Updated, Friday 8:45 a.m.

NESPELEM — Firefighters worked through Thursday night protecting buildings along Cache Creek Road as the Chuweah Creek Fire reached 37,283 acres in size.

Windy and dry weather conditions caused the fire to grow north and east over the last couple days, according to a Friday morning Colville Agency news release. The fire has burned east to Keller Butte Road, crossing over in several places.

Crews are trying to keep the fire from spreading past Keller Butte Road, according to the release.

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The Chuweah Creek Fire seen burning from north of Keller Butte Road. Crews are trying to keep the fire from spreading over the road, according to a Friday morning Colville Agency news release.

Wildfire growth between Nespelem and Buffalo Lake has “slowed considerably,” according to the release. A team of 260 are working to stop the fire, which is still at 20% containment as of Friday morning.

Evacuation notices along Cache Creek Road have dropped to Level 2 — be prepared, according to the release. Level 1 notices — be aware — are in effect for the San Poil Valley south of South Nanamkin Road, Nespelem and Keller.

A community meeting about the fire is to be held at 1:30 p.m. Friday at the Keller Community Center.

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Updated, Thursday 10:02 a.m.

NESPELEM — Crews have contained 20% of the 32,290-acre Chuweah Creek Fire as of Thursday morning.

Evacuation orders for residents in Nespelem have been reduced to Level 1 — be aware, according to a Colville Agency fire report. Level 2 notices — get ready — are in place for those by Owhi Flats along Cache Creeks Road, Buffalo Lake and McGinnis Lake.

The fire is expected to grow with high temperatures, gusty winds and low relative humidity predicted across the area through Thursday, according to the report. Resources on the ground are limited due to other wildfires burning in the region.

A crew of 200 are fighting the Chuweah Creek Fire using “an aggressive air attack strategy,” according to the report. The fire is estimated to be fully contained by July 23.

A shelter is still in place for evacuees in Coulee Dam at the Lake Roosevelt Jr/Sr High School.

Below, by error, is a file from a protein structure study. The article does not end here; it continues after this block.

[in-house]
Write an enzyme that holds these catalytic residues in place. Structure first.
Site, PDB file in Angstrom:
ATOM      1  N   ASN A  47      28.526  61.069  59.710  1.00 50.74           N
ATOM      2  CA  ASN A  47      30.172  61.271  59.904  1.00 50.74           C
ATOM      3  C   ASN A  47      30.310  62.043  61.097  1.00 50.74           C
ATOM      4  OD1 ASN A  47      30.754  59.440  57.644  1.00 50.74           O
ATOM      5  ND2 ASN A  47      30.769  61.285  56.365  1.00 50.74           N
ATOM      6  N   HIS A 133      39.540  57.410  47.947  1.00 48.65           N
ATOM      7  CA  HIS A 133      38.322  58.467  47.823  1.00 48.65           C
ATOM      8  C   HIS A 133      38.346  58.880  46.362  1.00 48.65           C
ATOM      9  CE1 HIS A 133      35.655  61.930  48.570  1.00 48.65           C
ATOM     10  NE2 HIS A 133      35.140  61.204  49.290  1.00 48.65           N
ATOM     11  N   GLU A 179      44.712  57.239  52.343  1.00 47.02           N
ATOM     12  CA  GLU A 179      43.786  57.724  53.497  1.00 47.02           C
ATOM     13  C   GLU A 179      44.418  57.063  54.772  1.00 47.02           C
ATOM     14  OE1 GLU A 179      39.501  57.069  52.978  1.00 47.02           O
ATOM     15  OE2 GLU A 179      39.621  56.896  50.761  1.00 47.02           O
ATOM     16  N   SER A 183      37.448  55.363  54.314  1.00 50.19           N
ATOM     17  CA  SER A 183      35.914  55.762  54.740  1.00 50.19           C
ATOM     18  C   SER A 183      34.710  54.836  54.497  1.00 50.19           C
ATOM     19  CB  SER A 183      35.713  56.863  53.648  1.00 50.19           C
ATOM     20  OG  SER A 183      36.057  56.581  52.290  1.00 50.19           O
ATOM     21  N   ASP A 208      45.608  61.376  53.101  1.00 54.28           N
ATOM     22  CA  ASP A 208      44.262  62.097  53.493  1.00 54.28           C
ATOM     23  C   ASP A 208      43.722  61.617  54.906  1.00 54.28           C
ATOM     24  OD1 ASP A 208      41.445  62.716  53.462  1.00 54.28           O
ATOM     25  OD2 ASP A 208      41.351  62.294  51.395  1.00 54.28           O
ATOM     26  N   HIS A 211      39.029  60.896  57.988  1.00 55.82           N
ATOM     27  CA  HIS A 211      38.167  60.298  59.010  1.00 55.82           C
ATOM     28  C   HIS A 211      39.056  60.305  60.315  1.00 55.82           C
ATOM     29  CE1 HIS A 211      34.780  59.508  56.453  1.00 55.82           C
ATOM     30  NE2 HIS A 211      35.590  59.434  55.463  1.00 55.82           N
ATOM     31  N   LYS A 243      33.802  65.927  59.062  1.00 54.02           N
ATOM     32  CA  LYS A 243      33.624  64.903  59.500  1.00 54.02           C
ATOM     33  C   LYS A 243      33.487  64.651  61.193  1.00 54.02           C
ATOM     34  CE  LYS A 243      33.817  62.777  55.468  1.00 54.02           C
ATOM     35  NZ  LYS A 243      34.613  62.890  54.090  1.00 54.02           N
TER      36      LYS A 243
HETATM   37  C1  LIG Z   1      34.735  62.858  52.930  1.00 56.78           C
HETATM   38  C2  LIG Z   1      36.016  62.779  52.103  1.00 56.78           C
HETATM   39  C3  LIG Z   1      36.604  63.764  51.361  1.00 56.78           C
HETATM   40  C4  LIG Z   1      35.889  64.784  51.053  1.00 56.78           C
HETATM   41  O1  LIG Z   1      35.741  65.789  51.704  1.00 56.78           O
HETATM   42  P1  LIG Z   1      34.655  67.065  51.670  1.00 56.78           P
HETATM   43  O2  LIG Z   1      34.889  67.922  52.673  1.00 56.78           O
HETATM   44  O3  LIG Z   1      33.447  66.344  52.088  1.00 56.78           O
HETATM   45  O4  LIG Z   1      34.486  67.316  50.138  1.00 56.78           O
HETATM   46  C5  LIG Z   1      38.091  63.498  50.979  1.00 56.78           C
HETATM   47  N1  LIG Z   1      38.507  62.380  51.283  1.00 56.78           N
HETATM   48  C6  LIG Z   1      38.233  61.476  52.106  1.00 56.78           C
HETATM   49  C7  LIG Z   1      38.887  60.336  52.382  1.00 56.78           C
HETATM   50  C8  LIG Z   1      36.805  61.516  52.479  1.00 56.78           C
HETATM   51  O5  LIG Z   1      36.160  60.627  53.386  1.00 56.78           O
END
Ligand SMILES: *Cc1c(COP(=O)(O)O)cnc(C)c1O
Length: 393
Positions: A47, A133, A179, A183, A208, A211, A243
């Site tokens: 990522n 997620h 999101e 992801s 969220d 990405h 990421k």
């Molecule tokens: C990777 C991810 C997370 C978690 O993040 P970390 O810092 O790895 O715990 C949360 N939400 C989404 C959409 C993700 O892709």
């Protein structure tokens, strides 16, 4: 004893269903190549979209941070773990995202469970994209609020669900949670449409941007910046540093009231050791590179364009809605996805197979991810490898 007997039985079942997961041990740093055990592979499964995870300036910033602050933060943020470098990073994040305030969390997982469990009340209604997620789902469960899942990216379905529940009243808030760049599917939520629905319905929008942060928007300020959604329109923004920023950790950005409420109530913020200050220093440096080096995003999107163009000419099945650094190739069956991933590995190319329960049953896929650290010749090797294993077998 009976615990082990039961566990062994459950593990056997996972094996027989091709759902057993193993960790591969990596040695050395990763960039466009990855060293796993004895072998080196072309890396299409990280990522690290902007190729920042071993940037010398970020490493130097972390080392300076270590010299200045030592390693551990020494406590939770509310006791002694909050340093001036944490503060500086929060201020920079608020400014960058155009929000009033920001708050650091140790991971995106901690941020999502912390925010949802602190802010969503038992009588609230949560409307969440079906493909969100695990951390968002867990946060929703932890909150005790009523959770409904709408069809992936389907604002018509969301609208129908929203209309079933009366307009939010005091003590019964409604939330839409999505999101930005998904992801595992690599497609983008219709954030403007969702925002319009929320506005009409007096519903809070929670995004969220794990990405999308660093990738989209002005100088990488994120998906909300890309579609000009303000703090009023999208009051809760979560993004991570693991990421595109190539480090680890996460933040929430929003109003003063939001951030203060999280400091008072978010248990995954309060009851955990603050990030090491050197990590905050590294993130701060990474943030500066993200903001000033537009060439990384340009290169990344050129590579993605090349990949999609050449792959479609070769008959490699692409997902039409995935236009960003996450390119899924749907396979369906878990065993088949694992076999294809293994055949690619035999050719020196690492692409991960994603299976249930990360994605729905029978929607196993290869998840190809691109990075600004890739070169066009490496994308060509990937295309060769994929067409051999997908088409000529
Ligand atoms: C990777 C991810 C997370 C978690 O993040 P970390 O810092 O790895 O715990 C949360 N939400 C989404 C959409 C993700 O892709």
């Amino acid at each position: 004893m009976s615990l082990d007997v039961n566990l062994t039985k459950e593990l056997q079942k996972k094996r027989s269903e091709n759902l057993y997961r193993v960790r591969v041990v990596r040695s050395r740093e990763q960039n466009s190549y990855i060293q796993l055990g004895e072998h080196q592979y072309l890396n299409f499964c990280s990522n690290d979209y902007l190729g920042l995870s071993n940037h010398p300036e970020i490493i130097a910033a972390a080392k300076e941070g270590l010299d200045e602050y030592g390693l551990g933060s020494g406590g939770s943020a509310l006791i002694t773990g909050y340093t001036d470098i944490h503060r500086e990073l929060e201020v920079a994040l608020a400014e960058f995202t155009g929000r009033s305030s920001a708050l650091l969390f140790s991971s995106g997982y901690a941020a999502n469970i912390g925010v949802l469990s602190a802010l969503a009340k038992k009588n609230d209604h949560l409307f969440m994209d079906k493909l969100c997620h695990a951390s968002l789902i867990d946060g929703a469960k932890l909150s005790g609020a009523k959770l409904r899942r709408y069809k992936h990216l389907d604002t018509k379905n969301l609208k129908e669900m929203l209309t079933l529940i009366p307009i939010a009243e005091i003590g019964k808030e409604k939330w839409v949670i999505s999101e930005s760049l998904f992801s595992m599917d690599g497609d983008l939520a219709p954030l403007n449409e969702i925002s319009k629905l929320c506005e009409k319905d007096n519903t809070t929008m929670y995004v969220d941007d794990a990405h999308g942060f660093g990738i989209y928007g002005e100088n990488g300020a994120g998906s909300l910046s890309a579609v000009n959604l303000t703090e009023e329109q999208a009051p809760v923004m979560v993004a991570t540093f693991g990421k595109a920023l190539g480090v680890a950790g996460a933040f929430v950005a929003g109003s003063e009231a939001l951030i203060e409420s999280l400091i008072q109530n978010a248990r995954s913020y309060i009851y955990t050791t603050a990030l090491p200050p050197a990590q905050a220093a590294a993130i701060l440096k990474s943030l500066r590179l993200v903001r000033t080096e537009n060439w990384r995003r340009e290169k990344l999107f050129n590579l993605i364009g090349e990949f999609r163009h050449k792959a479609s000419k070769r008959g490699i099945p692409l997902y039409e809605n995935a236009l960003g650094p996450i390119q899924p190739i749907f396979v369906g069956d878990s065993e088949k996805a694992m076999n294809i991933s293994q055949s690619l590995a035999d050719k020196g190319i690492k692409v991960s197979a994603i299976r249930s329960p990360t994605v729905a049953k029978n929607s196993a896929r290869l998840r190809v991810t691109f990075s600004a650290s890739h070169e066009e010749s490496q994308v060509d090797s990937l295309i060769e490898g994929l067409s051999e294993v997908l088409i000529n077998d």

Nearby road closures include Cache Creek Road, Cache Creek (Agency) Cut Off Road, Joe Moses Road as well as Buffalo Lake Road between Manila and Cache Creek Roads, according to the report.

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NESPELEM — Residents in and around Nespelem who evacuated yesterday due lightning-sparked wildfires in southeast Okanogan County have been allowed to return to their homes, but are still on watch.

The Chuweah Creek Fire has burned about 15,000 acres and 14 structures as of Wednesday morning, said Kathy Moses, Public Information Officer with the Mt. Tolman Fire Center.

All Level 3 evacuation notices — get out now — have been lowered to Level 2 — be prepared, she said.

Andy Joseph Jr., chairman of the Colville Business Council said the fire is the largest of six in the area. Of the 14 burned structures, seven were homes and seven were outbuildings. He added that three of the homes were occupied.

Chuweah Creek Fire perimeter


This map is updated in real time using data collected by the Northwest Interagency Coordination Center. The Chuweah Creek Fire's last known perimeter is marked in red.

The fire was reported at 7:15 p.m. Monday southeast of Nespelem, according to a news release from the Confederated Tribes of the Colville Indian Reservation.

The fire is driven by wind and is burning in tall grass, sagebrush and timber, the release said. Structures are threatened. Local authorities have requested the aid of an incident management team and crews from the state Department of Natural Resources.

The Colville Reservation declared a state of emergency on Tuesday and closed off all forest roads to the public. State and county roads are still open.

Level 2 evacuations — be prepared — are still in place for residents of Nespelem, Owhi Flats along Cache Creek Road, and Colville Indian Agency. Nespelem is a town of about 200 located 15 miles north of the Grand Coulee Dam.

“A lot of people had to just pick up and leave their homes,” Joseph said in an interview Tuesday.

He added that livestock have been killed in the fire and some owners have euthanized their animals to avoid unnecessary suffering, Joseph said.

Forty community members evacuated to a gymnasium in Lake Roosevelt and elders residing at the Colville Tribal Convalescent Center were moved to a hotel in Coulee Dam, said Neeka Somday, a legislative assistant who joined Joseph in the interview. Others have gone to an RV park in Omak. The Red Cross is operating a shelter at the Coulee Dam High School gymnasium.

Inmates of the Colville Tribal Correctional Facility, located roughly a mile west of the fire, were evacuated to jails in Lincoln, Okanogan and Grant counties, Joseph said. The facility housed 25 inmates prior to the fire, according to its daily roster.

Joseph said the air was too smoky for aircraft to work on the fire, but he’s spoken with Gov. Jay Inslee for help. He noted that there could be reported fires in the area from the dry lightning storm that caused the Chuweah Creek Fire.

He lamented the fire weather conditions are among the worst he’s seen.

“It’s probably one of the driest summers that I’ve ever seen in my lifetime,” Joseph said.

He’s concerned that there are factors in place for the fire season to rival 2015 when the Okanogan Complex burned more that 300,000 acres.

“We’re hoping that it doesn’t get that bad but it has the highest potential to get that bad,” Joseph said.

World reporter Luke Hollister contributed to this report.

Pete O’Cain: (509) 664-7152

ocain@wenatcheeworld.com or

on Twitter@peterocain